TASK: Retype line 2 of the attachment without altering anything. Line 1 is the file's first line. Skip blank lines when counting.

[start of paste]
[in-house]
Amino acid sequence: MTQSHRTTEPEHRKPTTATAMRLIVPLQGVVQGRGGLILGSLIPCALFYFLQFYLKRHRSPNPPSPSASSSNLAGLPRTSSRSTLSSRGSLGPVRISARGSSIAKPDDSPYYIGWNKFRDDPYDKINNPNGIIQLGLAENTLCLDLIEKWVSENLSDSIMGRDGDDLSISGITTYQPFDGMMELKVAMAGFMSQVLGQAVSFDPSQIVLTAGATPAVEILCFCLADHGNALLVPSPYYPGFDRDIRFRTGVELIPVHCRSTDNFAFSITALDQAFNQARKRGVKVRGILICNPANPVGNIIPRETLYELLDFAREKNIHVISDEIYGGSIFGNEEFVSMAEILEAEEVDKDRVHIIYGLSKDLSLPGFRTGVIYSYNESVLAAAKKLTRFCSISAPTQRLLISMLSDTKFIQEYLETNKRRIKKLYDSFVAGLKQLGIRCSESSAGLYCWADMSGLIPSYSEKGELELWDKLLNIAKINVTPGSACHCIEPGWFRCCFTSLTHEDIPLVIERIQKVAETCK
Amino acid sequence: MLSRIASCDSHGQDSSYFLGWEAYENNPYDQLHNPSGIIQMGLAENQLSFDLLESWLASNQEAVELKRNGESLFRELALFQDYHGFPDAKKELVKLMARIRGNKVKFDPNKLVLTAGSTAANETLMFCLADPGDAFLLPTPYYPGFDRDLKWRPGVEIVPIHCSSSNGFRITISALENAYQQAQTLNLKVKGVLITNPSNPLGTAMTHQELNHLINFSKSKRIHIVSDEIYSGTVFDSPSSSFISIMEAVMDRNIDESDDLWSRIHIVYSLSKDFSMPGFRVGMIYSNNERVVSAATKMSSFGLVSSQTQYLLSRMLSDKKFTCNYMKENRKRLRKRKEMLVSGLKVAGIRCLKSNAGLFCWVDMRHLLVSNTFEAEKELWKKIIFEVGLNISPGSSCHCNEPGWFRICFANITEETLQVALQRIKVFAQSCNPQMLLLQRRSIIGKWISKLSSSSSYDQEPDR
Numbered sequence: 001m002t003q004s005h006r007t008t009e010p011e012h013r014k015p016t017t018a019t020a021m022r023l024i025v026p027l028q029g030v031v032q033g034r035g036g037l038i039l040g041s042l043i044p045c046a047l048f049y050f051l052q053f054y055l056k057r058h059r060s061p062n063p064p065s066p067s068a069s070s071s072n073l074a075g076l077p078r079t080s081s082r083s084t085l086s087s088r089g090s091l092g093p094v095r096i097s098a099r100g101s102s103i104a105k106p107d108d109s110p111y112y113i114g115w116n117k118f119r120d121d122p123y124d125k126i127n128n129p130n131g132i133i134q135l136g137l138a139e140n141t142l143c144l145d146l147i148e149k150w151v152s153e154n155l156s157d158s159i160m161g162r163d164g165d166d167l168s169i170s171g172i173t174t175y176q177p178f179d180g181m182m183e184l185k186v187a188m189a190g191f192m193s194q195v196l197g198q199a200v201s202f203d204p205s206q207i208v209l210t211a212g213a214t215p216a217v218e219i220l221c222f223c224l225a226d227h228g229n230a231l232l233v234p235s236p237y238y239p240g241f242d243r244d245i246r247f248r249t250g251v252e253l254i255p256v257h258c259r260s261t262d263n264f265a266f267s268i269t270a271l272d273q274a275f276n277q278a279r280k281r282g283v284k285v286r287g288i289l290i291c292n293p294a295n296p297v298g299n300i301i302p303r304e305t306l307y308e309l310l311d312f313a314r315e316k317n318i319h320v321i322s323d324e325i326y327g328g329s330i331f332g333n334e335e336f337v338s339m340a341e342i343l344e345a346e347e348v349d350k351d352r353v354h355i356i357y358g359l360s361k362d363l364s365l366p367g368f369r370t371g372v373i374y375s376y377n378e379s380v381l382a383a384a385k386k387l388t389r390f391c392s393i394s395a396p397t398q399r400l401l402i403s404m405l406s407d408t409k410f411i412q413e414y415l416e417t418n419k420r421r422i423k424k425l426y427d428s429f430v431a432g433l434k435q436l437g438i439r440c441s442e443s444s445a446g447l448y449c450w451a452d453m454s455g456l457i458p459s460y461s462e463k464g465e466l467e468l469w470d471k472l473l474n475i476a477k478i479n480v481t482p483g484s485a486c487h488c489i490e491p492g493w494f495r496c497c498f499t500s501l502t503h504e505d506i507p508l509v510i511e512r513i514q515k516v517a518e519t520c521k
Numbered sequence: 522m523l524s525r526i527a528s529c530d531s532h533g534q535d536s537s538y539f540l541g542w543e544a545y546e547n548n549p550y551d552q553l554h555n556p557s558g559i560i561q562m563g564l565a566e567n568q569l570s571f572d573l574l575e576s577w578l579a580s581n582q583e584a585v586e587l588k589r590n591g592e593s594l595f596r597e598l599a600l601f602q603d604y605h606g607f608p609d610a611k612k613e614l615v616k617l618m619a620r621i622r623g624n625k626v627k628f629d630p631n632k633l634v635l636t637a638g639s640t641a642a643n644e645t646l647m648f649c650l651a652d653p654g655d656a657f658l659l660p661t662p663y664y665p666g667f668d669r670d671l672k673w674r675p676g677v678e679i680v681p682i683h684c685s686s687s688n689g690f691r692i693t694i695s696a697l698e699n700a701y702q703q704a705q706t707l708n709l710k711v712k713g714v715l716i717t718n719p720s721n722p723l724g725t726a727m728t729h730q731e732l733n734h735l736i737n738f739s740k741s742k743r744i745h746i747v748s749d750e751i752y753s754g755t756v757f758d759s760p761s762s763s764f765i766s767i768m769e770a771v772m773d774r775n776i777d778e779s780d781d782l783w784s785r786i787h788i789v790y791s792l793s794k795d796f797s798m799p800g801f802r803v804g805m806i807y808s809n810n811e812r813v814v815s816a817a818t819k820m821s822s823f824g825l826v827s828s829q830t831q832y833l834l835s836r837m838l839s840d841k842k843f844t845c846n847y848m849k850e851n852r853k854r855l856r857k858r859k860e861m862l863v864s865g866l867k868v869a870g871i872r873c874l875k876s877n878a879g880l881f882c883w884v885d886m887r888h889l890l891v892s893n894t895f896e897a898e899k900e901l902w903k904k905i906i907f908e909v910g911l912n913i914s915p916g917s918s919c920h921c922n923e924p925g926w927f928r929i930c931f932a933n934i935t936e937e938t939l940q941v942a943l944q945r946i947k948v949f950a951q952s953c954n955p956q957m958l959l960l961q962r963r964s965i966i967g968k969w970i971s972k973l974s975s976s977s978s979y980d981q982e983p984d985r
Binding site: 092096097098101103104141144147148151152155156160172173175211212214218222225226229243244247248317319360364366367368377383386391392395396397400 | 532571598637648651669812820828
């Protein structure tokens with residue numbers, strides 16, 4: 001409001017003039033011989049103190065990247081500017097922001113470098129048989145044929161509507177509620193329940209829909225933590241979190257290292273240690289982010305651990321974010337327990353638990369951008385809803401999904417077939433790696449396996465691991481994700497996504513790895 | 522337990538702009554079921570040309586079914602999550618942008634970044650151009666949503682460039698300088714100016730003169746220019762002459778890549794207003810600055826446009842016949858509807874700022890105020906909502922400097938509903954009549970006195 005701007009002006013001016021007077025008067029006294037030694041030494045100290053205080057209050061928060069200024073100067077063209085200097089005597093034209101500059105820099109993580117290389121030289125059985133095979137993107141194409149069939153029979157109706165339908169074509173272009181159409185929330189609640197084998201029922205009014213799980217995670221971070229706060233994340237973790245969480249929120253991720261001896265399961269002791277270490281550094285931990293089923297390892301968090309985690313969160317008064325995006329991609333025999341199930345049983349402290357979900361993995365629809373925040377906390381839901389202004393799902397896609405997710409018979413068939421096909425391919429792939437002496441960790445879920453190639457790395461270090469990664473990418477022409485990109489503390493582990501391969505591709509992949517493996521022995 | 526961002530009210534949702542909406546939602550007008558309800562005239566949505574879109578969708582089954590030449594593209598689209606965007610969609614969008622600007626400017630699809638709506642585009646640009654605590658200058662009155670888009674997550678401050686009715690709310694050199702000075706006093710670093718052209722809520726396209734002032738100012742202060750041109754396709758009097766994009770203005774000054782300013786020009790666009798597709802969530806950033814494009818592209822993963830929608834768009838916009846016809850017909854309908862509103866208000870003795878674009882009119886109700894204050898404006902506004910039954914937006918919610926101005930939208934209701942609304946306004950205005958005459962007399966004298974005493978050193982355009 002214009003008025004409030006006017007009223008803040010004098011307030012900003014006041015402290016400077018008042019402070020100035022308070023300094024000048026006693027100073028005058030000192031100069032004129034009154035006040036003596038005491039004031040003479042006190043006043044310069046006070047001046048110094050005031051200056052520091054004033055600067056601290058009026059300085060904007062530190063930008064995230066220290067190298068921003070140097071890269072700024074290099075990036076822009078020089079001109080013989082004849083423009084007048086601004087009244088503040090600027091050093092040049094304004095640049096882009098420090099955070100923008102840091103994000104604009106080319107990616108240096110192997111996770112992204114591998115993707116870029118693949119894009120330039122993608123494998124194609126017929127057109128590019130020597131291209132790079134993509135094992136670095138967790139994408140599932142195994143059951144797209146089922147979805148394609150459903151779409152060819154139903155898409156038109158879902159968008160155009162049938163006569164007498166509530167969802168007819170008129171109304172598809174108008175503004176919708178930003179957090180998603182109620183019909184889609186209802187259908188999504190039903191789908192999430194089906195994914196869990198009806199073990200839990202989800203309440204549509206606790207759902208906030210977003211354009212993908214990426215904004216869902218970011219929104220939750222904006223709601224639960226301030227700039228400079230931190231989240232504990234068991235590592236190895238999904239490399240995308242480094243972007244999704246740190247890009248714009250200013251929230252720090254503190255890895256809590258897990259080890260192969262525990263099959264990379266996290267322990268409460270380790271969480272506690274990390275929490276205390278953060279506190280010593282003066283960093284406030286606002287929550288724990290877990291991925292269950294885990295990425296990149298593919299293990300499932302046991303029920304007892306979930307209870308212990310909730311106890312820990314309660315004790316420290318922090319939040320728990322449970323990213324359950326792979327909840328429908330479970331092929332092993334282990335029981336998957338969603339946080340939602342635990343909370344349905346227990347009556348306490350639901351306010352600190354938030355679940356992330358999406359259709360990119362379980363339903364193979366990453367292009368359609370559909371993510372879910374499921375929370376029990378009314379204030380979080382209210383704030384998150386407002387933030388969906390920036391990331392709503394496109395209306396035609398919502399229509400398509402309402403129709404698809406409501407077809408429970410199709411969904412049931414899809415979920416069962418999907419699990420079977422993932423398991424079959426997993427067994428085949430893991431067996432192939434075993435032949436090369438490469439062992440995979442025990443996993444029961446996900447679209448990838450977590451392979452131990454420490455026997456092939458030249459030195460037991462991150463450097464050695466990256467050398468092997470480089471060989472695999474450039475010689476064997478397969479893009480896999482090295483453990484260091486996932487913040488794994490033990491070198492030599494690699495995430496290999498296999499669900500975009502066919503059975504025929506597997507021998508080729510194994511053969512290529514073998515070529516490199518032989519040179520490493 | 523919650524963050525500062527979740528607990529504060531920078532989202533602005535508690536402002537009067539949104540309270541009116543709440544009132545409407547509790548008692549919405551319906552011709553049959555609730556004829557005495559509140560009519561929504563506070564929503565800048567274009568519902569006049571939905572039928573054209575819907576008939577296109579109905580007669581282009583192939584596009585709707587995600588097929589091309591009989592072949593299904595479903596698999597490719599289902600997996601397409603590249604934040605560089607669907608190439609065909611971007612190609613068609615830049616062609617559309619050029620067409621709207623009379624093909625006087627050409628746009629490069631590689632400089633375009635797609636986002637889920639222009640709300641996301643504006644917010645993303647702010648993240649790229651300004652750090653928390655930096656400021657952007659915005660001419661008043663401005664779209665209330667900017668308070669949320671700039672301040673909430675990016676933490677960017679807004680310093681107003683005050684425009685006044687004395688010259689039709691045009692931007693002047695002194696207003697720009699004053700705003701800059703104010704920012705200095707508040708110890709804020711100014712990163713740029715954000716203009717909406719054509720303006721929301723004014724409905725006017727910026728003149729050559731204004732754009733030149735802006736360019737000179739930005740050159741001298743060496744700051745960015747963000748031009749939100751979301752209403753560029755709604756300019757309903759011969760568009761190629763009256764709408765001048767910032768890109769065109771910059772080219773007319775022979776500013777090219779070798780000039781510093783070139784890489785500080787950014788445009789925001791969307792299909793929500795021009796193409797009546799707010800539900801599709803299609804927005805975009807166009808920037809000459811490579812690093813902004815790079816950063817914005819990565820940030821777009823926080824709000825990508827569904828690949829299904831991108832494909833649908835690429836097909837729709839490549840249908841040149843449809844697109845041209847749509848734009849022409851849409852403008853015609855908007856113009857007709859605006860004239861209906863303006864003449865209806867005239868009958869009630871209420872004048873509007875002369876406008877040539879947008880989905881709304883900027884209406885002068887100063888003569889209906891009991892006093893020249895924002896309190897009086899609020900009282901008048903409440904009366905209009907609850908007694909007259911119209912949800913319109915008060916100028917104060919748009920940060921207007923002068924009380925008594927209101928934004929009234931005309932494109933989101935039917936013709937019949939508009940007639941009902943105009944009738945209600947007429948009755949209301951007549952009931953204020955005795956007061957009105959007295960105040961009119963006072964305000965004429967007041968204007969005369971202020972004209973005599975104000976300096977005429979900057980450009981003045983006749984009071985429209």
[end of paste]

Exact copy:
Amino acid sequence: MTQSHRTTEPEHRKPTTATAMRLIVPLQGVVQGRGGLILGSLIPCALFYFLQFYLKRHRSPNPPSPSASSSNLAGLPRTSSRSTLSSRGSLGPVRISARGSSIAKPDDSPYYIGWNKFRDDPYDKINNPNGIIQLGLAENTLCLDLIEKWVSENLSDSIMGRDGDDLSISGITTYQPFDGMMELKVAMAGFMSQVLGQAVSFDPSQIVLTAGATPAVEILCFCLADHGNALLVPSPYYPGFDRDIRFRTGVELIPVHCRSTDNFAFSITALDQAFNQARKRGVKVRGILICNPANPVGNIIPRETLYELLDFAREKNIHVISDEIYGGSIFGNEEFVSMAEILEAEEVDKDRVHIIYGLSKDLSLPGFRTGVIYSYNESVLAAAKKLTRFCSISAPTQRLLISMLSDTKFIQEYLETNKRRIKKLYDSFVAGLKQLGIRCSESSAGLYCWADMSGLIPSYSEKGELELWDKLLNIAKINVTPGSACHCIEPGWFRCCFTSLTHEDIPLVIERIQKVAETCK